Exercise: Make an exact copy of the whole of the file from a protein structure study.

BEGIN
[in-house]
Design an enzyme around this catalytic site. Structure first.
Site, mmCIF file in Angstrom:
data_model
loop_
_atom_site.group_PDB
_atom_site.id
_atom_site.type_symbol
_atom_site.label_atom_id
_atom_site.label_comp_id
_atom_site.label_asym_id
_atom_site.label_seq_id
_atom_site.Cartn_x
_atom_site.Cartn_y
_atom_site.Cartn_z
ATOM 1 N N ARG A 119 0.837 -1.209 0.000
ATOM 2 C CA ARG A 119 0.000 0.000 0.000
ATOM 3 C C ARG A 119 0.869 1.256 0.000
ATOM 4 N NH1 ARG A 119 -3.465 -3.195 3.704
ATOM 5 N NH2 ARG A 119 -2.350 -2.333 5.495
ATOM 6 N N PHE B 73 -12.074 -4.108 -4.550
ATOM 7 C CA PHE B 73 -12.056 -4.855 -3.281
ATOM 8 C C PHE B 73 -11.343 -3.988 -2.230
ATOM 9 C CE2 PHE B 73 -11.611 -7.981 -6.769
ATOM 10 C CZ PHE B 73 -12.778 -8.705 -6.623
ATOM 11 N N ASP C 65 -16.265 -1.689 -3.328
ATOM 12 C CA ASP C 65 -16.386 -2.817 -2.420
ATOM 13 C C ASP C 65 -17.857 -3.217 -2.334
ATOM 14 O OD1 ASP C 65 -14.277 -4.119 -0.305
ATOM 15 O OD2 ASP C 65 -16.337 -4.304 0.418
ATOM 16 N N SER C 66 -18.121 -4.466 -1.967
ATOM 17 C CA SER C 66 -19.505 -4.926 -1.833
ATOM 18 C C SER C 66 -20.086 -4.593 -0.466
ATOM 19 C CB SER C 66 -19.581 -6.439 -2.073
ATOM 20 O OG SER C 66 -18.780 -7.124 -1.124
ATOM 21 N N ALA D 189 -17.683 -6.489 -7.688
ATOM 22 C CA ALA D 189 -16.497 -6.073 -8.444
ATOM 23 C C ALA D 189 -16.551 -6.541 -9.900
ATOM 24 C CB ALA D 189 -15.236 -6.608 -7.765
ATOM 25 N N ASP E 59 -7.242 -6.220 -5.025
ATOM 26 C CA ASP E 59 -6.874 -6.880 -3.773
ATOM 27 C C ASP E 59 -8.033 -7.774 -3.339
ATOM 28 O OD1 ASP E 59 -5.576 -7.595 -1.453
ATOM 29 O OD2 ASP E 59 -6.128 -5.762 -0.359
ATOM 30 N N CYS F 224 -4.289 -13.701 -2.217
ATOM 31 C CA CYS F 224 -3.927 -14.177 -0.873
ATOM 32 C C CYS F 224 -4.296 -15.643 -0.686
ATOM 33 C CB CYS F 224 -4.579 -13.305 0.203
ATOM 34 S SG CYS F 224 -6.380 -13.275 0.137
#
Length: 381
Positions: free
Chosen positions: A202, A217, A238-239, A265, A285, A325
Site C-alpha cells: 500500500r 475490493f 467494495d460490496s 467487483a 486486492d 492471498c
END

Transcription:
[in-house]
Design an enzyme around this catalytic site. Structure first.
Site, mmCIF file in Angstrom:
data_model
loop_
_atom_site.group_PDB
_atom_site.id
_atom_site.type_symbol
_atom_site.label_atom_id
_atom_site.label_comp_id
_atom_site.label_asym_id
_atom_site.label_seq_id
_atom_site.Cartn_x
_atom_site.Cartn_y
_atom_site.Cartn_z
ATOM 1 N N ARG A 119 0.837 -1.209 0.000
ATOM 2 C CA ARG A 119 0.000 0.000 0.000
ATOM 3 C C ARG A 119 0.869 1.256 0.000
ATOM 4 N NH1 ARG A 119 -3.465 -3.195 3.704
ATOM 5 N NH2 ARG A 119 -2.350 -2.333 5.495
ATOM 6 N N PHE B 73 -12.074 -4.108 -4.550
ATOM 7 C CA PHE B 73 -12.056 -4.855 -3.281
ATOM 8 C C PHE B 73 -11.343 -3.988 -2.230
ATOM 9 C CE2 PHE B 73 -11.611 -7.981 -6.769
ATOM 10 C CZ PHE B 73 -12.778 -8.705 -6.623
ATOM 11 N N ASP C 65 -16.265 -1.689 -3.328
ATOM 12 C CA ASP C 65 -16.386 -2.817 -2.420
ATOM 13 C C ASP C 65 -17.857 -3.217 -2.334
ATOM 14 O OD1 ASP C 65 -14.277 -4.119 -0.305
ATOM 15 O OD2 ASP C 65 -16.337 -4.304 0.418
ATOM 16 N N SER C 66 -18.121 -4.466 -1.967
ATOM 17 C CA SER C 66 -19.505 -4.926 -1.833
ATOM 18 C C SER C 66 -20.086 -4.593 -0.466
ATOM 19 C CB SER C 66 -19.581 -6.439 -2.073
ATOM 20 O OG SER C 66 -18.780 -7.124 -1.124
ATOM 21 N N ALA D 189 -17.683 -6.489 -7.688
ATOM 22 C CA ALA D 189 -16.497 -6.073 -8.444
ATOM 23 C C ALA D 189 -16.551 -6.541 -9.900
ATOM 24 C CB ALA D 189 -15.236 -6.608 -7.765
ATOM 25 N N ASP E 59 -7.242 -6.220 -5.025
ATOM 26 C CA ASP E 59 -6.874 -6.880 -3.773
ATOM 27 C C ASP E 59 -8.033 -7.774 -3.339
ATOM 28 O OD1 ASP E 59 -5.576 -7.595 -1.453
ATOM 29 O OD2 ASP E 59 -6.128 -5.762 -0.359
ATOM 30 N N CYS F 224 -4.289 -13.701 -2.217
ATOM 31 C CA CYS F 224 -3.927 -14.177 -0.873
ATOM 32 C C CYS F 224 -4.296 -15.643 -0.686
ATOM 33 C CB CYS F 224 -4.579 -13.305 0.203
ATOM 34 S SG CYS F 224 -6.380 -13.275 0.137
#
Length: 381
Positions: free
Chosen positions: A202, A217, A238-239, A265, A285, A325
Site C-alpha cells: 500500500r 475490493f 467494495d460490496s 467487483a 486486492d 492471498c